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MVC Distributes New Push Report Dedicated to P4P Conditions

MVC Distributes New Push Report Dedicated to P4P Conditions

MVC launched a new push report this week dedicated to the MVC P4P conditions. Its purpose is to support hospitals in identifying areas of opportunity within past and present conditions of the MVC Component of the Blue Cross Blue Shield of Michigan (BCBSM) Pay-for-Performance (P4P) Program. The conditions currently included in P4P and in this report are chronic obstructive pulmonary disease (COPD), congestive heart failure (CHF), colectomy (non-cancer), coronary artery bypass graft (CABG), joint replacement (hip and knee), pneumonia, and spine surgery. Acute myocardial infarction (AMI) is also included in this report as a historical P4P condition. Hospitals received a page for each condition if they met a case count threshold of 11 episodes in 2019 and 2020.

This report was limited to episodes included in the P4P program with index admissions in 2019 and 2020, and thus included the following payers: BCBSM Preferred Provider Organization (PPO), BCBSM Medicare Advantage, Blue Care Network (BCN) Health Maintenance Organization (HMO), BCN Medicare Advantage, and Medicare Fee-For-Service (FFS). To align with the P4P program, MVC excluded patients with a discharge disposition of inpatient death or transfer to hospice, episodes that started with an inpatient transfer, and episodes with a COVID-19 diagnosis on a facility claim in the inpatient setting. To fully exclude COVID-19 patients, pneumonia episodes in March 2020 were also excluded.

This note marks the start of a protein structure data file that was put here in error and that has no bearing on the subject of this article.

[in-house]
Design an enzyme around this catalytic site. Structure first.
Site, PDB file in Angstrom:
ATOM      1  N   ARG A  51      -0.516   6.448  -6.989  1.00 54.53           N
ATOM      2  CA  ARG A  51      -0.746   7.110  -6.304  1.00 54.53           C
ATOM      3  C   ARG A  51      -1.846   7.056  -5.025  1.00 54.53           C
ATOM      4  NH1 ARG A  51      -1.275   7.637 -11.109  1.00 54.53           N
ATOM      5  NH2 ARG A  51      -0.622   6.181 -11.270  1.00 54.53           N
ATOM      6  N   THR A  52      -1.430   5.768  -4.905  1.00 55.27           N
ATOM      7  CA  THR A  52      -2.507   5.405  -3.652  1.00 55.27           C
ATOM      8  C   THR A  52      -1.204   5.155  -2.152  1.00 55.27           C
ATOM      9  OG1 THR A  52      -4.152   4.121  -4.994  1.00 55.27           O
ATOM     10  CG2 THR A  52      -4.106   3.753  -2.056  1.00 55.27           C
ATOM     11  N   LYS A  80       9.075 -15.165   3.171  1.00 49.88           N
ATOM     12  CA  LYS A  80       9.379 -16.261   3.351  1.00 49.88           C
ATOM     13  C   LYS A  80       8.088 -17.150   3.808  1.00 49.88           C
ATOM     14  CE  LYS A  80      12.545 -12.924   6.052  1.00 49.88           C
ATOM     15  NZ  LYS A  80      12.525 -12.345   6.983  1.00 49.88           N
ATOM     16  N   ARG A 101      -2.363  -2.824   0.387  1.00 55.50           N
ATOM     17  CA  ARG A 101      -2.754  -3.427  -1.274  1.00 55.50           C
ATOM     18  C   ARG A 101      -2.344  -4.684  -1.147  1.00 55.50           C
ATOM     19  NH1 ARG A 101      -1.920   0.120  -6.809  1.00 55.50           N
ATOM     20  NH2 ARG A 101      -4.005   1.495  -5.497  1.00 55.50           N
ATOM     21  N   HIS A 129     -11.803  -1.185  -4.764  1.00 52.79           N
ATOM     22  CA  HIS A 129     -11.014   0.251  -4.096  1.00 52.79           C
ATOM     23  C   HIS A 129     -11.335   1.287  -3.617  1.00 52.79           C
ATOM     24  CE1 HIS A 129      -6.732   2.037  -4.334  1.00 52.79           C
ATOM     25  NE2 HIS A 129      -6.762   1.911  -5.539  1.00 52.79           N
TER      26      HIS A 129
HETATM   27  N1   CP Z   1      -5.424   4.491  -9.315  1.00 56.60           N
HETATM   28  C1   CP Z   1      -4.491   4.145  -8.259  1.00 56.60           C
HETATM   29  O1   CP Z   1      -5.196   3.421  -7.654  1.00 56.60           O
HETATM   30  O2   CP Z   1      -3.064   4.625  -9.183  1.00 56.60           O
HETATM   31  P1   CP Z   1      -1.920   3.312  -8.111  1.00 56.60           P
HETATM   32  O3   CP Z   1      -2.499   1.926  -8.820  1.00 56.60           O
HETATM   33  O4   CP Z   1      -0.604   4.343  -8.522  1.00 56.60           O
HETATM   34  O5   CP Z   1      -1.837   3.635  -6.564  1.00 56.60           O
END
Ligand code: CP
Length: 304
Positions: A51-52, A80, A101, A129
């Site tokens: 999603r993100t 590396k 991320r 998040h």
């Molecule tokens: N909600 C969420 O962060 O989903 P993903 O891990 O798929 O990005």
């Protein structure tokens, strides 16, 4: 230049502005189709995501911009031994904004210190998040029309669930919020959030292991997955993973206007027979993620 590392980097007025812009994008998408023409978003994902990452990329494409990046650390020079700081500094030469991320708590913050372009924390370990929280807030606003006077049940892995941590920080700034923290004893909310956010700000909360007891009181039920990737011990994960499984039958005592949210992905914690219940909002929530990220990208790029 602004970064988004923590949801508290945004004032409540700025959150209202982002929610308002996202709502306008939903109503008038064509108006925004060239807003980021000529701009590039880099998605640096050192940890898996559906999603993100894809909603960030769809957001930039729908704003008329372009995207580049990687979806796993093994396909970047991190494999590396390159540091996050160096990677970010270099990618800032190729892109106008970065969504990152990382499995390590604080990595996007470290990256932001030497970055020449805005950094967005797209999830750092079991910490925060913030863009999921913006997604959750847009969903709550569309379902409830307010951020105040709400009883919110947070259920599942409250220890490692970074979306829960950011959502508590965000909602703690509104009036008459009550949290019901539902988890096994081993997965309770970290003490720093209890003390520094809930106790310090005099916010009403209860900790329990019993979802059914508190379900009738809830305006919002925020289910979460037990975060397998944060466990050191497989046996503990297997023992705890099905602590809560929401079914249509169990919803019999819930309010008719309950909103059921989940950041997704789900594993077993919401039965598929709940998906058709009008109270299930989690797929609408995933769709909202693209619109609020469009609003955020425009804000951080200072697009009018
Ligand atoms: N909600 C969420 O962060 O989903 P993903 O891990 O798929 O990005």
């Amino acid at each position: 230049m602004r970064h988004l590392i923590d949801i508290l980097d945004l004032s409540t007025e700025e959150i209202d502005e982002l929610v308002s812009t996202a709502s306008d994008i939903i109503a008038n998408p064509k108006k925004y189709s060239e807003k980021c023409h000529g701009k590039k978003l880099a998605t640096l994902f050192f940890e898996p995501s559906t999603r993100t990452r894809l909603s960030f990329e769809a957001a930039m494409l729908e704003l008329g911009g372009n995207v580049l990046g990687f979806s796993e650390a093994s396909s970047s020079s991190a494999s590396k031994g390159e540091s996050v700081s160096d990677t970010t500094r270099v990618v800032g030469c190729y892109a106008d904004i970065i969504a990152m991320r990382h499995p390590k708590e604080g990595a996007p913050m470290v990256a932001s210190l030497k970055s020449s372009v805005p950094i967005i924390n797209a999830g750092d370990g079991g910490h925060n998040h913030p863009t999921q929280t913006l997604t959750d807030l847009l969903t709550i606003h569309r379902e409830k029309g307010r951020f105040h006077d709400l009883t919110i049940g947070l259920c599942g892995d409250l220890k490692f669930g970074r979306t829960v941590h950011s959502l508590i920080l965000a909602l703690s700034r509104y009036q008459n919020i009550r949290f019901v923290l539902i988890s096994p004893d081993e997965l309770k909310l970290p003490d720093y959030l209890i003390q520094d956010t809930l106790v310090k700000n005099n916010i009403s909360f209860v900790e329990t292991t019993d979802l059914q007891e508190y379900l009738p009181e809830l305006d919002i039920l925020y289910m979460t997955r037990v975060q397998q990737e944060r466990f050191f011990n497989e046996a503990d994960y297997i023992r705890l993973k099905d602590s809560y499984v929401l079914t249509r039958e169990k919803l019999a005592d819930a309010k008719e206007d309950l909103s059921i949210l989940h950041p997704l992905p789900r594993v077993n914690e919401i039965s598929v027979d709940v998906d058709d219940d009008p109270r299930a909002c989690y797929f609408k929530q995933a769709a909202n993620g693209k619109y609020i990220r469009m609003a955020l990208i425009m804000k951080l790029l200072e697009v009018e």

The reports provided data on hospital trends in episode payments, readmission rates, post-acute care utilization, and emergency department utilization for P4P patients. Data from the push report can be used in conjunction with the registry reports to inform areas of opportunity in the P4P conditions. The push reports also provided a snapshot of each hospital’s P4P patient population (see Figure 1), including race, mean age, and the average number of comorbidities.

Figure 1. Patient Population Snapshot for Blinded Hospital

For Critical Access Hospitals (CAHs), the report also included index length of stay. For acute care hospitals, the report included a “reasons for readmissions” table that identified the top five reasons a P4P patient was readmitted. However, this table was removed from the report’s joint replacement page due to low readmission rates among joint replacement surgeries. In its place, acute care hospitals received their ratio of outpatient to inpatient surgeries.

As with other push reports, hospitals were compared to other members in the collaborative for select measures. For acute care hospitals, each hospital’s report includes a comparison point for all MVC episodes (“MVC All”) as well as for episodes at hospitals in the same geographic region (“Your Region”). These reference points do not include episodes that occurred at hospitals with a CAH designation. Similarly, the reports distributed to CAHs included comparison points for MVC episodes at all CAHs in the collaborative (“CAH Average”).

This report takes the place of the cardiac service line reports, which included data on CHF, AMI, and CABG. The new P4P conditions push report uses many of the same measures and figures from the cardiac service line reports, but for the complete list of P4P conditions.

For more information on the MVC Component of the P4P Program, see the MVC P4P Technical Document. Please share your feedback on the newest P4P conditions push report with the MVC Coordinating Center at michiganvaluecollaborative@gmail.com.

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MVC Shares National Action Plan with COPD Workgroup Attendees

MVC Shares National Action Plan with COPD Workgroup Attendees